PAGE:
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Messages - a10t2

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The Pub / Re: All eyes on europe
« on: December 16, 2009, 10:29:16 PM »

Euros is money, right?

The Pub / Re: What do you like besides homebrew
« on: December 16, 2009, 10:08:47 AM »
Dang, Rep! I did just under 1000 miles (971 according to the bike computer) this year and was feeling pretty good about that until now... the bike goes into storage once it starts staying below freezing though.

Yeast and Fermentation / Re: OLD liquid yeasts!?
« on: December 15, 2009, 09:57:15 AM »
Three months is still ~40% viability, kind of a drag but not hard to deal with. It's a bigger deal as a customer service issue than a brewing issue.

The Pub / Re: Buying the Pabst Brewing Company
« on: December 14, 2009, 10:08:10 PM »
perfect for my even then quirky image  (I never drank 'normal' beer) ...and it was priced right.

Funny, that's why hipsters drink PBR now.

General Homebrew Discussion / Re: freezing point
« on: December 14, 2009, 10:06:06 PM »
That's because a household freezer is around 0°F. A 5% ethanol solution freezes at about 28°F.

Kegging and Bottling / Re: Dry hopping in keg with pellet hops?
« on: December 14, 2009, 10:03:10 AM »
I use plain (unflavored) dental floss to hold my nylon knee-high.

This sounds like more of a discussion for The Pub...

Yeast and Fermentation / Re: Yeast pitching for a high OG noob
« on: December 12, 2009, 10:31:12 PM »
At 1.095 you won't need to do any re-yeasting. 250B cells is a little low though; standard would be about 350B.

If you like on really big beers you can aerate a second time after roughly 12 hours. As long as the yeast are in or just coming out of the "lag phase" it won't have time to oxidize your beer.

A couple of things still lurking in the gray cells that bother me.... Yes, Palmer addresses the exothermic action of fermenting beer, and says it can run as high as +10. Then in the same chapter he says pick a spot with an ambient temperature of 65-72 degrees to place your fermenter, which is exactly what I suspect the majority of folks do.

I don't want to speak for John Palmer, but I'm guessing that's because if he said "pick a spot with an ambient temperature of 60-64°F" most beginning brewers would say, "Damn! I guess I can't make beer!"

Plus, the lag time for the temp to reach the probe may cause the outer areas of the fermenter to be too cold before the controller shuts off.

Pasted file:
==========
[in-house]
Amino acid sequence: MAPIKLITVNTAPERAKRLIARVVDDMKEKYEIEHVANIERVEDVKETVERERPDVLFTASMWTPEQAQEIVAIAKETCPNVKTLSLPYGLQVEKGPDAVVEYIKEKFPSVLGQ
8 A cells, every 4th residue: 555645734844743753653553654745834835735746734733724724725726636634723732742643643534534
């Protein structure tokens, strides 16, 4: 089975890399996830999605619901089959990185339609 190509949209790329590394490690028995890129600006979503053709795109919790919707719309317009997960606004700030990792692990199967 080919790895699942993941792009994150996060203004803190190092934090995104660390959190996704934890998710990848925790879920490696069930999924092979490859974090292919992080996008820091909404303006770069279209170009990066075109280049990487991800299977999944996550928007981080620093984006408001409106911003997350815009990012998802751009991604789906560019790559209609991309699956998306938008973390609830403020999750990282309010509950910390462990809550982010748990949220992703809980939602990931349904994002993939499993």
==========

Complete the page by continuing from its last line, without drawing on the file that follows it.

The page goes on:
The center of the fermenter and the outside will be the same temperature, at least within our measurement tolerances. Convection AND conduction will see to that.

This came up in a thread over at NB recently, which was the first time I'd actually bothered to do a simple estimate:

I went ahead and did the math. Fermentation of glucose (I couldn't find the free energy for any disaccharides) releases 235 kJ/mol. Assuming a 20 L batch and 10% drop in sugar (about average, I think, for a 1.060 beer) that's about 2600 kJ total. Without any heat being removed, that would raise the temperature of the 20 L of water by 31°C.

You can try to estimate how much of that heat will get removed by the air, but there are a lot of assumptions involved. Assuming the heat gets released at a constant rate over 72 hours, that's a steady state release of 14 W. Just eyeballing, a bucket has a surface area of about 0.55 m^2. I'm just going to use Newton's law of cooling for simplicity, with a coefficient of 10 W/m^2-K; that could be off by as much as half. Anyway, it works out to a differential of 2.5°C, about 4.5°F.

Beer Recipes / Re: What is Snowcap?
« on: December 11, 2009, 09:45:23 AM »
Deep mahogany in color, our full-bodied winter warmer is brewed in the spirit of British winter ales. Crafted with a flurry of roasted chocolate and caramel malts, and generously hopped, it delivers a smooth finish that makes this beer the perfect cold weather companion.

Original Gravity:
Alcohol By Volume:
2-Row Barley, Caramel 80L, Chocolate Malt
Nugget, Willamette, East Kent Goldings

Edit: damn you, ndcube!

- I saw "full boil" mentioned a couple of times, but am not really sure what this term means.

As ndcube said, you start with more than 5 gal (something like 6.5 for most people) and don't use water to top up. As a practical matter at the homebrew level, it means using a propane burner.

- As far as ferm. temp. control.  How sensitive are we talking here?  I am currently making a brown ale and my fermentation temp (ambient air) has been a solid 63-68 throughout the entire fermentation process.  Are you suggesting going to closed refrigerated systems or some sort of insulating jacket around the fermentor?

If you can keep the ambient air temperatures in the 60s, then temperature control can be as simple as setting the fermenter in a bucket or cooler with 5+ gallons of water in it. The extra mass will keep the temperature very close to ambient.

Are you doing full boils? If not that would be a logical next step. Either way, a chiller would be a good investment too.

You might want to do a small mash, to get a feel for whether or not going all-grain is something you want to do in the near term. I'm not familiar with the Miller book, but I see from Amazon that it's pretty short; you might want to get a copy of How to Brew. I wrote a quick and dirty guide to mini-mashing that might help:

General Homebrew Discussion / Re: Another Water Report
« on: December 10, 2009, 08:35:47 PM »
Have any epsom salt (MgSO4)?

Homebrewer Bios / Re: John Palmer
« on: December 10, 2009, 04:43:29 PM »
I can honestly say that if it wasn't for How to Brew I probably would have quit brewing after my first couple crappy extract beers.

Ingredients / Re: Peanut Butter Brew
« on: December 10, 2009, 04:41:55 PM »
I've heard you want to let it sit until there's an oil layer on top, pour off the oil, and repeat until it's mostly gone.

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